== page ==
The Federal Communications Commission today moved toward selling television airwaves for use by smartphones, a step intended to raise $15 billion and help meet soaring demand for wireless computing.
The agency on a 5-0 vote approved a document that asks about the best ways to conduct auctions of frequencies that would be voluntarily surrendered by TV stations, and sold in turn to mobile providers led by Verizon Wireless.
“This is a big deal,” FCC Chairman Julius Genachowski, a Democrat, said. The auctions, expected to take place in 2014, will free airwaves, raise “very substantial revenue” and help provide funds for a nationwide radio network for emergency workers such as police and firefighters, he said.
The auctions could fetch $15.2 billion for the U.S. Treasury, according to an estimate by the Congressional Budget Office, with part of the money dedicated to the emergency- responder network. Congress called for the auctions in legislation that passed in February.
President Barack Obama’s administration has made freeing more airwaves a priority, saying U.S. competitiveness depends in part on fast and widespread mobile-Internet service.
The FCC plans to buy airwaves that some TV stations will voluntarily relinquish in a process known as a reverse auction. It would sell the frequencies in a traditional auction. Through today’s action the FCC is seeking public comment before it settles next year on rules for the sales.
TV-station owners will have to decide whether to keep their airwaves and stay in business, sell part of their allotments, or sell all their airwaves and take a one-time payment to cease broadcasting.
As stations make their choices, the FCC will need to reassign some to new frequencies to assemble blocks of clear airwaves that would be attractive to mobile providers.
The FCC hasn’t estimated how many stations may participate, and the choice is up to the TV industry, said Gary Epstein, head of the agency’s auction task force.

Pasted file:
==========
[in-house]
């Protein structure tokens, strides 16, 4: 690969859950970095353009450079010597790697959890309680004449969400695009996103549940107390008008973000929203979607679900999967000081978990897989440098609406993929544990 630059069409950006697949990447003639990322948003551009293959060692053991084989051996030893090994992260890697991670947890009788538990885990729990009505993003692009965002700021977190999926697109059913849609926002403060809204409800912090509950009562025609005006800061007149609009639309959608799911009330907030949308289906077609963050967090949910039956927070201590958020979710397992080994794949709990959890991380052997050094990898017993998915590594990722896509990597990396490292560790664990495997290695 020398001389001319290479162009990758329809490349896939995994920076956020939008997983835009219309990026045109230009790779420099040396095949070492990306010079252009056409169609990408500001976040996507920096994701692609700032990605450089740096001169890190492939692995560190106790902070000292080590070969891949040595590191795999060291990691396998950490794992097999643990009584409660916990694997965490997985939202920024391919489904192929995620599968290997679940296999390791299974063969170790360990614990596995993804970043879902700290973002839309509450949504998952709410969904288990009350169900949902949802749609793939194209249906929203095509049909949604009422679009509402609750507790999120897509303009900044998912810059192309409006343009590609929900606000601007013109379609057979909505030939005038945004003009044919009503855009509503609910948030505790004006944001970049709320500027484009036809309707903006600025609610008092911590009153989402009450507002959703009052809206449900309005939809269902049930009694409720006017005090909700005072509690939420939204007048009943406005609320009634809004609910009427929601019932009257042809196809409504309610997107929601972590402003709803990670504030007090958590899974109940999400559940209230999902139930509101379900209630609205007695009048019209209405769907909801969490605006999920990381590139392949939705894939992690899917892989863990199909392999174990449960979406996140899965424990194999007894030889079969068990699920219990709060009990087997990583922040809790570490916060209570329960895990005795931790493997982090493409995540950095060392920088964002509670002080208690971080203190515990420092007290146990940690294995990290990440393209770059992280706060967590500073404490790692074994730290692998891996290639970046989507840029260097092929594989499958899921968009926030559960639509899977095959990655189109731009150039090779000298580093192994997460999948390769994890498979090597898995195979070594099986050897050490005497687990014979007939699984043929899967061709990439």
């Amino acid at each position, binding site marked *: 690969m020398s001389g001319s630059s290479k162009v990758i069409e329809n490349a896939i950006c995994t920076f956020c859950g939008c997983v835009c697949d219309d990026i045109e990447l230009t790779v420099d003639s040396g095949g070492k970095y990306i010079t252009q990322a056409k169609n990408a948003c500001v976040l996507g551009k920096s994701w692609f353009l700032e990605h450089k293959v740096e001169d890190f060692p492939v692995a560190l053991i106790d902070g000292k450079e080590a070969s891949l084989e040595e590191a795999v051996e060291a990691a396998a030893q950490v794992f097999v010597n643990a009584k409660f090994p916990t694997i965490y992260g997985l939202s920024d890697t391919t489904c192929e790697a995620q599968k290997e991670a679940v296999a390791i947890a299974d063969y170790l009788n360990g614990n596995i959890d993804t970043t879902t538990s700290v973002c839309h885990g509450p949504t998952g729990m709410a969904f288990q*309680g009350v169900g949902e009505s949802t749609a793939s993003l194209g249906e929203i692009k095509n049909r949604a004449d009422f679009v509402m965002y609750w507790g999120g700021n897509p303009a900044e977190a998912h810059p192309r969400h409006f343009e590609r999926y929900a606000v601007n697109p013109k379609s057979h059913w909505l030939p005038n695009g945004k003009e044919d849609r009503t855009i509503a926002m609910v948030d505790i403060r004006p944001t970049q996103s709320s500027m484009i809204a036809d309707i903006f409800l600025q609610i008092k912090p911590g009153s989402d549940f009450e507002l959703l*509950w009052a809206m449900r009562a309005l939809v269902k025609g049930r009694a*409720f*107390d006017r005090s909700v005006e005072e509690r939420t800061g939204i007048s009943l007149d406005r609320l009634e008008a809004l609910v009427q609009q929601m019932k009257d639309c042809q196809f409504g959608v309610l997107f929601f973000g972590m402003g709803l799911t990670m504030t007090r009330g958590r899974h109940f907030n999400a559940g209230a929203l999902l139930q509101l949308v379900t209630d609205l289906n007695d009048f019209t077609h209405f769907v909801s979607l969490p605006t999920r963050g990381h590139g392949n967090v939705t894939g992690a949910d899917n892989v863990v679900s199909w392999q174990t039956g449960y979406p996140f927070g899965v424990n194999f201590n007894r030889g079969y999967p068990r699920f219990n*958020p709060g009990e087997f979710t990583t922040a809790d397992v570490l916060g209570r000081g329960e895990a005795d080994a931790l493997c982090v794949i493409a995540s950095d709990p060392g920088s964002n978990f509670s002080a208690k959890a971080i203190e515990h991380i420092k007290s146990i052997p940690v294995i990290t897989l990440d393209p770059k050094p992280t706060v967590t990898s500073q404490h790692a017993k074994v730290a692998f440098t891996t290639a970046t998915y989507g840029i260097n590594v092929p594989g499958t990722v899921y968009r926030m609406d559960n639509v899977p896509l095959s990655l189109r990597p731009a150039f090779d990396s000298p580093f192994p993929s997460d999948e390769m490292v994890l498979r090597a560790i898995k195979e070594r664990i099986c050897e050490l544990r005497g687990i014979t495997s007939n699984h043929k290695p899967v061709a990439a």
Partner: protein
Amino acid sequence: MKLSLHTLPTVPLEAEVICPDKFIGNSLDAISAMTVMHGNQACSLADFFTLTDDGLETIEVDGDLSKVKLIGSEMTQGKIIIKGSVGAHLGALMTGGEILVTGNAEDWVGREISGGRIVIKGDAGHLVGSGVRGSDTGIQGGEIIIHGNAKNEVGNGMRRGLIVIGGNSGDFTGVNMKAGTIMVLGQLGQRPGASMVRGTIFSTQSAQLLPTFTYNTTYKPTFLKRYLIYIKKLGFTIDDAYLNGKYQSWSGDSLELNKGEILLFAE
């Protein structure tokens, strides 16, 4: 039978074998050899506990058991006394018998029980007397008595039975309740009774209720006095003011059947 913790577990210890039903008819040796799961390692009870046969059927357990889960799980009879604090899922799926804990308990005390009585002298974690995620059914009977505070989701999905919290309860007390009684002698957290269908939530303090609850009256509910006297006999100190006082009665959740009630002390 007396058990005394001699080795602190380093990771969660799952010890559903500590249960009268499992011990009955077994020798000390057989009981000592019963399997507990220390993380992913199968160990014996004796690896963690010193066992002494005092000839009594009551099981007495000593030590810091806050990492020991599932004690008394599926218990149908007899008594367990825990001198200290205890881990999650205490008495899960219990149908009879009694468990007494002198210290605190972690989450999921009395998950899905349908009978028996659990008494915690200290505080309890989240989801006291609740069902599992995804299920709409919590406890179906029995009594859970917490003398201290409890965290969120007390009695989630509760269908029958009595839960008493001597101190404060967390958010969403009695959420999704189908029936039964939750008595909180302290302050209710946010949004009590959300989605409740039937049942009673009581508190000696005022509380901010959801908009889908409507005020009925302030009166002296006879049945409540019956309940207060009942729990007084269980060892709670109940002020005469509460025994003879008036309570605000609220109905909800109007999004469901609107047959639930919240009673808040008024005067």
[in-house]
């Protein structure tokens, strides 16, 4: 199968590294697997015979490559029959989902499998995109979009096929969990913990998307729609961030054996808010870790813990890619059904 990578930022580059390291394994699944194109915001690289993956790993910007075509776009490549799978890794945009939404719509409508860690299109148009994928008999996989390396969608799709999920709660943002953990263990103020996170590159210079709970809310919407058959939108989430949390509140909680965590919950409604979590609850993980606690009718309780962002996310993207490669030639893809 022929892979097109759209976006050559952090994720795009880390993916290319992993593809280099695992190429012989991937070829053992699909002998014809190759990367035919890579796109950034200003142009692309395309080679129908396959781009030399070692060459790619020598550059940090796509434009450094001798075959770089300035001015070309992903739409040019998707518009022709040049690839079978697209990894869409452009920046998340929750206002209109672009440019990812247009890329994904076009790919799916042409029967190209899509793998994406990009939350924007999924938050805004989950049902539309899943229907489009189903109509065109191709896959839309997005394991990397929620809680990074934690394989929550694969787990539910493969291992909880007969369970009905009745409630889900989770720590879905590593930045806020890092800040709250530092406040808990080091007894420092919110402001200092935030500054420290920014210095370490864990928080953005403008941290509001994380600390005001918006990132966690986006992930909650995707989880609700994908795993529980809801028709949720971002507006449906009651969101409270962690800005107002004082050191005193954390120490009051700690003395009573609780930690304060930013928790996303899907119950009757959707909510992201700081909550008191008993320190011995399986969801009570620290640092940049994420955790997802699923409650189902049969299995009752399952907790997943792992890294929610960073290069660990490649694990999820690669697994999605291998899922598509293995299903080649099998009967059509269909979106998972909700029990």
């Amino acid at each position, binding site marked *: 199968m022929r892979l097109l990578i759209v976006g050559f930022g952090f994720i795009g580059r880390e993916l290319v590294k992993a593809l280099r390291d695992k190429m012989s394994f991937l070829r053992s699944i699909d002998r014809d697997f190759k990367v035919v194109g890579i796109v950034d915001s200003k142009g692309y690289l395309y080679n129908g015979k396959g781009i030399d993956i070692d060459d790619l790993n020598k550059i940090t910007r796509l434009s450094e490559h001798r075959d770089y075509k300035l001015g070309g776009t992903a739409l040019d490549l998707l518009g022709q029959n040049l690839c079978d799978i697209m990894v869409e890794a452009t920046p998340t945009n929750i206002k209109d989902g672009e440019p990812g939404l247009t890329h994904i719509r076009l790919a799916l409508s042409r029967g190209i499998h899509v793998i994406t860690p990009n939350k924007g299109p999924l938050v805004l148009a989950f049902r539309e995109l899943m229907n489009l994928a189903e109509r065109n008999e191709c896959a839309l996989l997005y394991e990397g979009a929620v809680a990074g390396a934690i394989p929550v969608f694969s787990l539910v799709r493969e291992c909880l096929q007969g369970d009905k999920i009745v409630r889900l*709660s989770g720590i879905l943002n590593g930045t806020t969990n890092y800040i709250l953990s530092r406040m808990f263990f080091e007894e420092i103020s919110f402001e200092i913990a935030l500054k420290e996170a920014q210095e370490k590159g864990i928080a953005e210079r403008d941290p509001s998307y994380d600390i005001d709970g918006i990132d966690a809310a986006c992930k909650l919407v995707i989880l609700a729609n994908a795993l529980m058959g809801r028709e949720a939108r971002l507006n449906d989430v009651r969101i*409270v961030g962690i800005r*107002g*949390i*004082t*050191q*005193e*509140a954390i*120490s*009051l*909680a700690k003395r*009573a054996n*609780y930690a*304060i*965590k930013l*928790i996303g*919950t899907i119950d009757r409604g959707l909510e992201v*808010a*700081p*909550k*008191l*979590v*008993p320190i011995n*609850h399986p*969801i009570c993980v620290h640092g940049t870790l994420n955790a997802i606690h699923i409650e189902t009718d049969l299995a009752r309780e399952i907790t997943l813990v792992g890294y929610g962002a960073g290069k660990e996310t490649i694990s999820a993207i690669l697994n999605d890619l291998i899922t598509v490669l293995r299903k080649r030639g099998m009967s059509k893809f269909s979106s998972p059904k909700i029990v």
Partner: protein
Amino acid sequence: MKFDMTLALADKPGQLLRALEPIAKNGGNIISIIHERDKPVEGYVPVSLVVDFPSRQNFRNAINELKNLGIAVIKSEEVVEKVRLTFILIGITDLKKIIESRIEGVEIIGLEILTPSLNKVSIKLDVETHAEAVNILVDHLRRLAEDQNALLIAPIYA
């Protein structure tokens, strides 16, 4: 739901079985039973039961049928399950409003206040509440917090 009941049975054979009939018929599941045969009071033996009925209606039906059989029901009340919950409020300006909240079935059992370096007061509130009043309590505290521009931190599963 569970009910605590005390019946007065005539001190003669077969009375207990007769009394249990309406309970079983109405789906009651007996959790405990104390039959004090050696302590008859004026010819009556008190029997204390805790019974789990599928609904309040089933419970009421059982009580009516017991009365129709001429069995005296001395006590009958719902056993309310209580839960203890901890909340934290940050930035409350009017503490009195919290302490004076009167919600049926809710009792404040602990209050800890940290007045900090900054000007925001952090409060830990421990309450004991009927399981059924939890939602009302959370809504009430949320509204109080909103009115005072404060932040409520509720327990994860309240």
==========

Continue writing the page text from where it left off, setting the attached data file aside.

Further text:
Broadcasters want to make sure stations that don’t participate aren’t penalized by, for example, suffering interference or being moved to frequencies that don’t carry signals as far, Gordon Smith, president of the National Association of Broadcasters, said at a news conference. Members of the Washington-based trade group include News Corp. (NWSA)’s Fox, CBS Corp. (CBS), Comcast Corp.’s NBC and the Walt Disney Co. (DIS)’s ABC.
“We’re certainly entering uncharted territory,” Smith said. “There’s never been an auction of this type.”
Procuring airwaves has become a priority for Verizon Wireless, which in August won regulatory approval to buy frequencies from cable companies, and for second-largest provider AT&T, which was rebuffed by U.S. officials last year when it tried to buy No. 4 U.S. provider T-Mobile USA Inc.
Verizon and AT&T in e-mailed statements today welcomed the FCC’s action.
The agency today also voted to consider altering the way it judges whether prospective airwaves purchases by wireless providers raise anti-competitive concerns. The agency hasn’t offered a specific proposal to either tighten or loosen its discretion, Ruth Milkman, chief of the agency’s wireless bureau, said at a news conference.
Changes would affect Verizon, AT&T and smaller wireless carriers as they buy frequencies. The companies need FCC approval as they seek to acquire airwaves to meet smartphone demand.
The FCC’s test generally limits buyers to amassing no more than one-third of airwaves in any geographic market. Purchases that would carry a company’s holdings beyond that threshold invite extra scrutiny from the agency, which may require companies to sell airwaves so frequencies remain available for competitors.
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